Greenhouse Gas Reduction Goal Planning Report
|Title||Greenhouse Gas Reduction Goal Planning Report|
|Year of Publication||2019|
|Authors||Knudson, C, Gerlak, AK, McMahan, B|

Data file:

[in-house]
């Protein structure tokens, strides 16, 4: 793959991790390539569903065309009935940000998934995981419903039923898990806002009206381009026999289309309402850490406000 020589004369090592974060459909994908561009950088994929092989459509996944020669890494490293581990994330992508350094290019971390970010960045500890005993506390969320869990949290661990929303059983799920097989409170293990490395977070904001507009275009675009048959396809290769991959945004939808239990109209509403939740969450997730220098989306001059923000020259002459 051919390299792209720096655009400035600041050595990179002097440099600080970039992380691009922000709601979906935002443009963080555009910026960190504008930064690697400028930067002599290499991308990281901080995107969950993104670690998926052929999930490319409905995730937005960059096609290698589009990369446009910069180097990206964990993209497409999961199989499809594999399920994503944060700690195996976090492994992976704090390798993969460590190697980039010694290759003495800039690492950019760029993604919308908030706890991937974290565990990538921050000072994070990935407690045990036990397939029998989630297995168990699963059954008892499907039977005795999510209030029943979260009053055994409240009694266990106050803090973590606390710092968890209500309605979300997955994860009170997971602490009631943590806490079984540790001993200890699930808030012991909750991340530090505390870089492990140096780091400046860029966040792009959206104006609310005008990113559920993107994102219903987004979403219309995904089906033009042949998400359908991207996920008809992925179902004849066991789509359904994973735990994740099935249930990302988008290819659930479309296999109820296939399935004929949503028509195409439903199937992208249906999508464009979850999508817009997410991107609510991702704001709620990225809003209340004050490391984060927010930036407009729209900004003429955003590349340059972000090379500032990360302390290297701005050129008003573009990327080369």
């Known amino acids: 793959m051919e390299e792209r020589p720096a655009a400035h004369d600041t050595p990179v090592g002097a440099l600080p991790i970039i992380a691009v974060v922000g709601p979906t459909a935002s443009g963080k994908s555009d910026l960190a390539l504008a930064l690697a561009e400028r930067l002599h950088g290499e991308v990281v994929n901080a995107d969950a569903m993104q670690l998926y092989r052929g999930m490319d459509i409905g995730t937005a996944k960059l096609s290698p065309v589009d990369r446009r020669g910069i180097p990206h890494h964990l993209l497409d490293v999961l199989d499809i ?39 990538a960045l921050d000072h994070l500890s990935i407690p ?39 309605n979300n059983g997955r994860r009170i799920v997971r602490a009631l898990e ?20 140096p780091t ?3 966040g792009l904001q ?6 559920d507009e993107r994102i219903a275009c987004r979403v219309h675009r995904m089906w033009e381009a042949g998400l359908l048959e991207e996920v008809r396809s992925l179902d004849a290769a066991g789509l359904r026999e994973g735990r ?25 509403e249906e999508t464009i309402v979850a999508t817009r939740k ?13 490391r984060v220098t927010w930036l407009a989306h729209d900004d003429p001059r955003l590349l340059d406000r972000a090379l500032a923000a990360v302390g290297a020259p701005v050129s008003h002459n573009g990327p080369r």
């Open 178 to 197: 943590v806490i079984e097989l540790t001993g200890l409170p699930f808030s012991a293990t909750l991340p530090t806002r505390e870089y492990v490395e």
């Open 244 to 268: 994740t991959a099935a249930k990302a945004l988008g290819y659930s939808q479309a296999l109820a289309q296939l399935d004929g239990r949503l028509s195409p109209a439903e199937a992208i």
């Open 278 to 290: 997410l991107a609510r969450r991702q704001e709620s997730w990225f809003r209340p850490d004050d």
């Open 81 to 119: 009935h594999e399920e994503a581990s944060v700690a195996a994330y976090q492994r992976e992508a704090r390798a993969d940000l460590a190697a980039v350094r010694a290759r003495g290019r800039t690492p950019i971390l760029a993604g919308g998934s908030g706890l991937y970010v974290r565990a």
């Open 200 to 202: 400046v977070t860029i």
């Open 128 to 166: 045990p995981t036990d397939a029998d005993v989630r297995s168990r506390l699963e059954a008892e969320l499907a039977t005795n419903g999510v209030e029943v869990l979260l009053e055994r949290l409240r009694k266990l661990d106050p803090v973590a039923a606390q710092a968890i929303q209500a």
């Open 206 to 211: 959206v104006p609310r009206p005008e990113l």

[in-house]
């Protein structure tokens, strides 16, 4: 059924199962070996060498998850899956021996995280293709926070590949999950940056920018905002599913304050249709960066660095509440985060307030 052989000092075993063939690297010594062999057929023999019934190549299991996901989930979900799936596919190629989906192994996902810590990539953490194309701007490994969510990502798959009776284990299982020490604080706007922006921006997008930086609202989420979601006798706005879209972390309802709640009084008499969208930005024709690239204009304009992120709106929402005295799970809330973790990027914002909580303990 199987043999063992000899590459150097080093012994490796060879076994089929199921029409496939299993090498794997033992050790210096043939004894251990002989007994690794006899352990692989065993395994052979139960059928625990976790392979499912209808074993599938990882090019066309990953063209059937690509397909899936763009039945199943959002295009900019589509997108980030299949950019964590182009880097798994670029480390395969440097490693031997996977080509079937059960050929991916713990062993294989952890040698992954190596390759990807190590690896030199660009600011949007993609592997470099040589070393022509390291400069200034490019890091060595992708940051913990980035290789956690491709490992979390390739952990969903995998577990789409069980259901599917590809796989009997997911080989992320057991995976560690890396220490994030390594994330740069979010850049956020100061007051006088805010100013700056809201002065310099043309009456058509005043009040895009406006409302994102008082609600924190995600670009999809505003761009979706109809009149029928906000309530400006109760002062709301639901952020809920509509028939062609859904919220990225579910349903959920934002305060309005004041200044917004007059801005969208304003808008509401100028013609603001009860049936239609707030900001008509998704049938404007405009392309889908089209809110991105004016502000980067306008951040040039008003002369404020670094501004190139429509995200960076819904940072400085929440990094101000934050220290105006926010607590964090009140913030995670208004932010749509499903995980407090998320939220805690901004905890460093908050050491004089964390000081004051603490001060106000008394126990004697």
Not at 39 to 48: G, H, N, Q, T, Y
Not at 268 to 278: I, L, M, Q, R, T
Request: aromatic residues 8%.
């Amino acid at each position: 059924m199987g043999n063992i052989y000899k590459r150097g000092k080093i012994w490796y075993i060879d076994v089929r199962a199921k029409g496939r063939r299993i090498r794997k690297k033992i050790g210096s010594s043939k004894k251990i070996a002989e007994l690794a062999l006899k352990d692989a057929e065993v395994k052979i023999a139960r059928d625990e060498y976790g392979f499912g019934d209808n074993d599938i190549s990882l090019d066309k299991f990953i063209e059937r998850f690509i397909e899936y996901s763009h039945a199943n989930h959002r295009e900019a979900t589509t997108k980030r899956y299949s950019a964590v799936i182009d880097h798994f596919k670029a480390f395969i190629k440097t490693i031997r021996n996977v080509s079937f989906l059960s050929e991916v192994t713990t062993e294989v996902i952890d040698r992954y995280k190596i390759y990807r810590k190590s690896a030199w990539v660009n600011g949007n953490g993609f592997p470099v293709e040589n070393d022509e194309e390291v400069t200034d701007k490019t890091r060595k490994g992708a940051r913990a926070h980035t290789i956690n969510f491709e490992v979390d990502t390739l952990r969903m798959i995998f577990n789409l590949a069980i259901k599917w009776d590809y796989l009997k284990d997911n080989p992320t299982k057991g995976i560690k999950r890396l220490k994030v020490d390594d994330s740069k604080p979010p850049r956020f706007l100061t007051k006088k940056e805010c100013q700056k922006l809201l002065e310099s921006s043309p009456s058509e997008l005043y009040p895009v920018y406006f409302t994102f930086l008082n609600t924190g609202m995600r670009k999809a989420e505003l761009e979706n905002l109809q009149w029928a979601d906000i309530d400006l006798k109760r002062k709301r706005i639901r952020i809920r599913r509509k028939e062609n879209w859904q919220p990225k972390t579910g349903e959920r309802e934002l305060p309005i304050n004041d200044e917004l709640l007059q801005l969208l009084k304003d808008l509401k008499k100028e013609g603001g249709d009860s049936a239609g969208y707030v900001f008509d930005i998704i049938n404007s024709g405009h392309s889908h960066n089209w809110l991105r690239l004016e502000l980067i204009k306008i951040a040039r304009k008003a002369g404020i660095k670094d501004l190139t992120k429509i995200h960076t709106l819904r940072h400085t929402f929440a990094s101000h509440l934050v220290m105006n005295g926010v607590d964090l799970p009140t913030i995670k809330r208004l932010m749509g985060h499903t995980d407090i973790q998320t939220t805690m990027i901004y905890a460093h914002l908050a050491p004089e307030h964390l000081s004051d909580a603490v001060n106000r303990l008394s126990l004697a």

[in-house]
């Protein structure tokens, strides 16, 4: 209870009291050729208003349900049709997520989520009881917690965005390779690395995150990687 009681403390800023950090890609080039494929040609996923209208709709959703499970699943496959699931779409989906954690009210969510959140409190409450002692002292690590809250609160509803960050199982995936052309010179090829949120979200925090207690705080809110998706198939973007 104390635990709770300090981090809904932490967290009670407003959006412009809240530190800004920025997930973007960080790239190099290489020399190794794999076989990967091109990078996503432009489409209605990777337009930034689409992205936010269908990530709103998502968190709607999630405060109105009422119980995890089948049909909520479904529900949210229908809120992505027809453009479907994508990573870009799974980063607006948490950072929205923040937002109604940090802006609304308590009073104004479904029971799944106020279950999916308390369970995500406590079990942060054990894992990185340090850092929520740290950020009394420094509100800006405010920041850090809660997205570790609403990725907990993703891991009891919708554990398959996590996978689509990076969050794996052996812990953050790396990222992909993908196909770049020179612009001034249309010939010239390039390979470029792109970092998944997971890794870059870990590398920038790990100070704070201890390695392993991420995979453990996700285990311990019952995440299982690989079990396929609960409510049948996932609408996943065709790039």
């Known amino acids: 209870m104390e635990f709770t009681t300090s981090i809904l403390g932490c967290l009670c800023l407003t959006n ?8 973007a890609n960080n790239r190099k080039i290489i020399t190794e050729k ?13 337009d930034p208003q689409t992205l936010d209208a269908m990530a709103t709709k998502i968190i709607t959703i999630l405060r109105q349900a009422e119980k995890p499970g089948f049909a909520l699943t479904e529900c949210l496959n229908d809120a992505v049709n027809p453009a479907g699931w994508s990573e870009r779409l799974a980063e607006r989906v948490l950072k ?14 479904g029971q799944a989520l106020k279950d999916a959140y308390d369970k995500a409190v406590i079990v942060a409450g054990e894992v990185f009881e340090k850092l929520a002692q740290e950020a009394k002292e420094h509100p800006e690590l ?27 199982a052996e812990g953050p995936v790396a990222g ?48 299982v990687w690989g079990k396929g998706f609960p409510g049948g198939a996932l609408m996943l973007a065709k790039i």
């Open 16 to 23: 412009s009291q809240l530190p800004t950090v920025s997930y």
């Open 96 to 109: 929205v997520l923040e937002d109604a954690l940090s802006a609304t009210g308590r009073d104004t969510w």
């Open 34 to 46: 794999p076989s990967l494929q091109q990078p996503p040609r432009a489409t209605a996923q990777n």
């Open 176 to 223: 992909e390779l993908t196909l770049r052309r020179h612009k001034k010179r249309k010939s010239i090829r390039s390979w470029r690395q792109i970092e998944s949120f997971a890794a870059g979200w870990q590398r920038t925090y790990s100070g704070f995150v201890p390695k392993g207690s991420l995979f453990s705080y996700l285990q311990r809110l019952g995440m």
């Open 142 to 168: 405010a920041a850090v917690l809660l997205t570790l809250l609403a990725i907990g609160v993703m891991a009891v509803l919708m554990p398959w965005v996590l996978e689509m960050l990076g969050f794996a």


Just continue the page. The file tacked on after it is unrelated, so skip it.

In 2014, the Fifth Assessment Report of the Intergovernmental Panel on Climate Change (IPCC) stated that warming of the climate system is unequivocal and that many changes to the system have been unprecedented over decades to millennia. In particular, greenhouse gas(GHG)concentrations have increased, the sea level has risen, the atmosphere and ocean have warmed, and snow and ice amounts have decreased. With each successive IPCC report, the evidence has strengthened that human activity has been the dominant cause of global warming since the mid-20thcentury. In response to theUnited Nations Framework Convention on Climate Change(UNFCCC)Paris Agreement, the US Federal Government established its Nationally Determined Contribution(NDC)in 2015, aiming to put the USon a path to reduce its emissions by 2050 to 80% of 2005 levels. Due to state and federal targets and regulations, along with the decreasing costs of renewables and natural gas, public pressure for carbon reductions, and other factors, utilities in the US have been setting targets to reduce their emissions. Groups such as the Task Force on Climate-related Financial Disclosures(TCFD), the Science-Based Targets Initiative(SBTi), and the Electric Power Research Institute(EPRI) have conducted research and written reports to aid companies in their climate change scenario planning. This report analyzes 24US utilities that have set reduction targets for carbon emissions. We found a significant range of reduction targets across the US utility landscape, with 21 distinct targets for the 24utilities analyzed in this report. The report sorts the utilities’ targets into three categories: low, medium, and high targeted levels of carbon reduction. The anchor among all the targets identified is theUS’s NDCformulation of“80% reductions under 2005 emissions by 2050”. The different baseline dates adopted by utilities makes it challenging to compare the targets. Even comparing two utilities with the same target is difficult, because the size of the reduction needed to go below a previous baseline emissions amount depends on how much the utility has grown in the intervening years. This report also divides the 24 utilities into a four-part typology based on their energy capacity in megawatts (MW), and the percentage of their energy mix that is coal. This gives us four types of utilities: small/low-carbon, small/high-carbon, large/low-carbon, and large/high-carbon. The larger and more high-carbon utilities tend to have low targeted levels of carbon reduction, though the exact formulation of the targets varies across the utilities. The most pronounced pattern among the utilities is that small utilities with low-carbon portfolios tend to have much higher targeted levels of carbon reduction. This report classifiesTucson Electric Power(TEP)as a small/high-carbon utility, characterized by the greatest proportion of low targeted levels of carbon reduction among its members.